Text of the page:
She deserves, as we all do, to not only survive, but to thrive and receive what I have always wanted for my life: to feel comfortable in my own skin no matter where I am, what I am doing, who I am with, and to live fully in contributing something meaningful to the world that feeds me and others at all levels.
Once I made my decision to take a sabbatical, the question I have been asked most is “why Australia”?
The truth is that I could have gone anywhere in the world, however, the idea behind my sabbatical is to give myself space to focus on myself, get quiet and listen.
I scratched off any places with great safety concerns or direct historical or cultural trauma (though I will admit no matter how many times I have been told in Australia I am perceived as American first, I have never forgotten I am a black woman).
I chose an environment where I could focus my attention on what is it that I like to offer, feel consistently passionate about, how I can have more fun, and take steps to reimagine my life, in spite of my fears.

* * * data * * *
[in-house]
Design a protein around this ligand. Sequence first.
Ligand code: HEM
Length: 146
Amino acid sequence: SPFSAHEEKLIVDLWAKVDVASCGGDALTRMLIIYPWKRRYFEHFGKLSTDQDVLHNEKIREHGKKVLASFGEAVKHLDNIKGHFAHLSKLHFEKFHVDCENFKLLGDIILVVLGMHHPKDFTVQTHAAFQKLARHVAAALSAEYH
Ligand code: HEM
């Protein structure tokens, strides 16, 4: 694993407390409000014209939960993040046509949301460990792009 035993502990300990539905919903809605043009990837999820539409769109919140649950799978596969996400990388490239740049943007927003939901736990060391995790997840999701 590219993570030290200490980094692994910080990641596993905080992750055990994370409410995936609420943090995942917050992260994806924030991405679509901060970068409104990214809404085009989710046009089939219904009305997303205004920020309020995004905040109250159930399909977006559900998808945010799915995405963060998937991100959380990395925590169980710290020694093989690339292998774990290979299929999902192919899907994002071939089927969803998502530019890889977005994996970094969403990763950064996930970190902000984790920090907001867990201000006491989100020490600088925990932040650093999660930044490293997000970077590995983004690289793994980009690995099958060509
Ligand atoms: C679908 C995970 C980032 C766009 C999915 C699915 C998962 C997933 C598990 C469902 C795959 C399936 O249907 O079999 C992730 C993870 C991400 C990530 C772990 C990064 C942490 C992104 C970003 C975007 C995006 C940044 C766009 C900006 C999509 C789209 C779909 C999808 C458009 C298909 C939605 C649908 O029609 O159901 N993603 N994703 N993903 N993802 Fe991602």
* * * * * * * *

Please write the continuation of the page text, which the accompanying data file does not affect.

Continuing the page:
Following right behind “why Australia?”, the second question is whether this process is working (i.e. have I figured out what I came to figure out yet)?
About that, what I can say is this…expect your sabbatical to be a process within a process. Your process.
My journey to personifying my true self will not end when I touch back down at JFK.
In the process of getting quiet and listening, I have no boxes to check, only to give myself enough space to see, as cliché as it may sound, that the only person standing between me and the life I want is me.
For me to truly make a contribution that will benefit others, I must first make deposits into my mental, emotional and physical wellbeing; to let my spirit dance in the release from guilt and grief.
I want ALL black women to know that it is OK to take care of and live for ourselves first.
When life calls for a sabbatical, take it. You may not know what change will look like when you return, but one thing I can promise is that you will never be the same.
Many asked, “Why Australia?” I simply asked, why not?”
This piece is based on the author’s experience between 9 December 2019 to 3 February 2020.
For more of my experience during the Australian bushfires check out: https://humanintonation.wordpress.com/